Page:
Back in the 30s and 40s, my dad, Sebe Watts, started the first refrigeration service business in Hazard. He originally was a brakeman on the L&N railroad but lost his job during the hard times of the depression. Forced to start another career of some kind he decided to go to an electrical trade school in Chicago. There he studied radio and refrigeration, with the help of President Roosevelt and a Federal training program. Both the radio and refrigeration industries were just beginning to grow during that time. Turned out to be a good move.
When he graduated and came back to Hazard he had a shop on the second floor of Sterling Hardware. He assembled, set up, and serviced the new modern refrigerators that Sterling Hardware sold in Hazard and all the surrounding towns and coal camps. Sterling was probably the first big refrigerator retailer in that part of Kentucky. They sold Kelvinator, GE, Philco, Norge, Crosley and the awesome Frigidaire. By 1941 there were more than 3 million electric refrigerators in American homes.
Eventually, he opened up his own place on High Street right next door to Sluders Tire Recapping shop. During WWII the coal industry was booming. All the big coal camp commissaries had refrigeration units and freezers for their meat and dairy products. Dad serviced them all, no matter how far up the holler they were. He traveled in a Model A Coupe with a "C" gasoline sticker on the windshield. I remember the commissary managers would slip him a carton of Avalon cigarettes to keep him happy. During the War cigarettes were hard to come by.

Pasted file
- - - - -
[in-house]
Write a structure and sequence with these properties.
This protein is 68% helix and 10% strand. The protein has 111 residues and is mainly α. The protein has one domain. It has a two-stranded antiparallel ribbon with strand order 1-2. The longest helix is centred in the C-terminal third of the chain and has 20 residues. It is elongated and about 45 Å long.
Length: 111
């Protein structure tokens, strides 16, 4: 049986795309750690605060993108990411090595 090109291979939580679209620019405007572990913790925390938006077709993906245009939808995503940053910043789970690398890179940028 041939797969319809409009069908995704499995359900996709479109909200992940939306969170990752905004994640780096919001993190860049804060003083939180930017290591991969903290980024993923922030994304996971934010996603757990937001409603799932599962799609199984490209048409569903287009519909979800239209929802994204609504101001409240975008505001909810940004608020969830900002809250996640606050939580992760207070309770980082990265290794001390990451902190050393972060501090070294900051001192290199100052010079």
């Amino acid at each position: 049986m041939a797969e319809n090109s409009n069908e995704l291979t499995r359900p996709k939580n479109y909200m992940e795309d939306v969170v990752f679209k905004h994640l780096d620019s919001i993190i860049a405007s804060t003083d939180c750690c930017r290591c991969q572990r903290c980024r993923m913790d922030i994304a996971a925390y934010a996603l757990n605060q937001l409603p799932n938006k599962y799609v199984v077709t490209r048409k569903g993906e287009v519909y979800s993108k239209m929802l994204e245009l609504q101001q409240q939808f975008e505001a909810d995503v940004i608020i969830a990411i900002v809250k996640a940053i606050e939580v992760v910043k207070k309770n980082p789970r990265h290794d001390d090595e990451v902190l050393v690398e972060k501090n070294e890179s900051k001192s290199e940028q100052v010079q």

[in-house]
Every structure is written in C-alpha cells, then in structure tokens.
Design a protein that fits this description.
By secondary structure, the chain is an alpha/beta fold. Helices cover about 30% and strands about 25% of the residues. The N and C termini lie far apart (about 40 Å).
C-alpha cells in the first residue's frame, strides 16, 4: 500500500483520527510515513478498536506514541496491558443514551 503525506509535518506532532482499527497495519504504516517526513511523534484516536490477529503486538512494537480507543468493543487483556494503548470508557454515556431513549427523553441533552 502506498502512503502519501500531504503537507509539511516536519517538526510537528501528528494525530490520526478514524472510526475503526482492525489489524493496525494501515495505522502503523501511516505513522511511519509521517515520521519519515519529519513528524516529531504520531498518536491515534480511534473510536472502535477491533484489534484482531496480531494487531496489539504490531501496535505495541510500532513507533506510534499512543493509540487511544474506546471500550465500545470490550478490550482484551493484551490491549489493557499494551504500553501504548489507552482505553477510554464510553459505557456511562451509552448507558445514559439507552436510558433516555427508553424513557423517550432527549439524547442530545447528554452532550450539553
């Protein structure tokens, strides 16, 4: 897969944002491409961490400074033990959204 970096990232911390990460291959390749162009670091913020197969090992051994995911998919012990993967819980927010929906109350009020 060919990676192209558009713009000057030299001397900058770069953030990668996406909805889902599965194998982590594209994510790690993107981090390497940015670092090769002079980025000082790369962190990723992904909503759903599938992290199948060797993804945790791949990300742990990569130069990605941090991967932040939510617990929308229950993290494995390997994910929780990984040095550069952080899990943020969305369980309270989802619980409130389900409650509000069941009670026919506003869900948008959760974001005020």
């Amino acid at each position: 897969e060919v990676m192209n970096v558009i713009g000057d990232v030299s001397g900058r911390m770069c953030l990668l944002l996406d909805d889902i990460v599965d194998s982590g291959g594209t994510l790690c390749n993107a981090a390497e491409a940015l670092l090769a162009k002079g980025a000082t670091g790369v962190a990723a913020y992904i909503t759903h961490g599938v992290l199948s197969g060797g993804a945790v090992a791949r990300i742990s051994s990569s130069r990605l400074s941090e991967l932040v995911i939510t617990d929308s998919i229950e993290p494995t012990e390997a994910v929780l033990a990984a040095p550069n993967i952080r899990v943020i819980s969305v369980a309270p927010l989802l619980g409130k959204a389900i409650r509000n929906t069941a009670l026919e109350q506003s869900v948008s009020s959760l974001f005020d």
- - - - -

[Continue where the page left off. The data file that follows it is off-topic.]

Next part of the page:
Servicing these big units was not all fun and games. Back then there was a variety of gasses that were used for cooling. Freon, F-12, Ammonia and dichlorodifluoromethane were just a few. Some were toxic and dangerous to breathe. One night Sebe got an emergency call from the Hazard Hospital. Their air conditioning system was leaking gas out into the hospital wards. Knowing what could happen, dad rushed over to see what had to be done. Now, he had a gas mask for emergencies like this but it was in the shop, not the car. He went in and found the leak and he could tolerate some of the gas but during the repair the old rusty pipe broke and the gas came out under pressure. He had no choice but to stay there and fix the leak. It only took a few minutes but by then he had inhaled too much gas. He was almost blinded and had trouble breathing. They rushed him upstairs and he ended up being there for two days. In another week he was back to normal and happy that he had saved the day for the hospital. He was still a railroad man and a tough old bird...